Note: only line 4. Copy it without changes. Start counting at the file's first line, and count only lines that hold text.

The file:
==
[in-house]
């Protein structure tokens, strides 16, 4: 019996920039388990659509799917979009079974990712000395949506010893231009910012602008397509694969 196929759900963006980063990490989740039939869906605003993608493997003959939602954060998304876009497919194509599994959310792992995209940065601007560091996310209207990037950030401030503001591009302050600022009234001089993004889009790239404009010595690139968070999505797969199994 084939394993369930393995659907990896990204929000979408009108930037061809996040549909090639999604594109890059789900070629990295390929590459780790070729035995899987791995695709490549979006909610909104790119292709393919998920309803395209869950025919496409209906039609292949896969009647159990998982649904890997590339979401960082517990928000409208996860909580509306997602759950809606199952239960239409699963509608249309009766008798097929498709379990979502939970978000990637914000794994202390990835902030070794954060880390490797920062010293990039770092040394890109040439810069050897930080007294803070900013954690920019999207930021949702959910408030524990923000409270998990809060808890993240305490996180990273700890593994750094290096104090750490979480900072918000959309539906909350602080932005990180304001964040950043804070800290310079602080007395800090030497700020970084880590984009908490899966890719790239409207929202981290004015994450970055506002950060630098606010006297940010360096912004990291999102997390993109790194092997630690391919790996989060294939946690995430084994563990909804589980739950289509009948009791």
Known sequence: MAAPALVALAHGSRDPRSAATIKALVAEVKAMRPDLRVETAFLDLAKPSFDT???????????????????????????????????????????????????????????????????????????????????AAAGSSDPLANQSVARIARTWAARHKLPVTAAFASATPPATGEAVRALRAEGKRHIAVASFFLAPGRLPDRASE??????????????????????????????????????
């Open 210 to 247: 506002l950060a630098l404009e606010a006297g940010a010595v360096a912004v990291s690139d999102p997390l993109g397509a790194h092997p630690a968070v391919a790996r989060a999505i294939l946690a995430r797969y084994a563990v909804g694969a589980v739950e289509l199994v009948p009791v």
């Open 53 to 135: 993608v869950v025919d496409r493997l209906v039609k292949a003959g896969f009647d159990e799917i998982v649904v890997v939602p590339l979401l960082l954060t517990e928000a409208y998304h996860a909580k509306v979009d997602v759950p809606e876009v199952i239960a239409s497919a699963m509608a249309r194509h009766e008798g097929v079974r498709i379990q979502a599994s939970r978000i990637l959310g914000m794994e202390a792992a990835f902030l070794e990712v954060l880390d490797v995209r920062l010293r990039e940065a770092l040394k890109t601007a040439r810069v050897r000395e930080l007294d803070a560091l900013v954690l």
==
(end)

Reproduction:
């Open 210 to 247: 506002l950060a630098l404009e606010a006297g940010a010595v360096a912004v990291s690139d999102p997390l993109g397509a790194h092997p630690a968070v391919a790996r989060a999505i294939l946690a995430r797969y084994a563990v909804g694969a589980v739950e289509l199994v009948p009791v």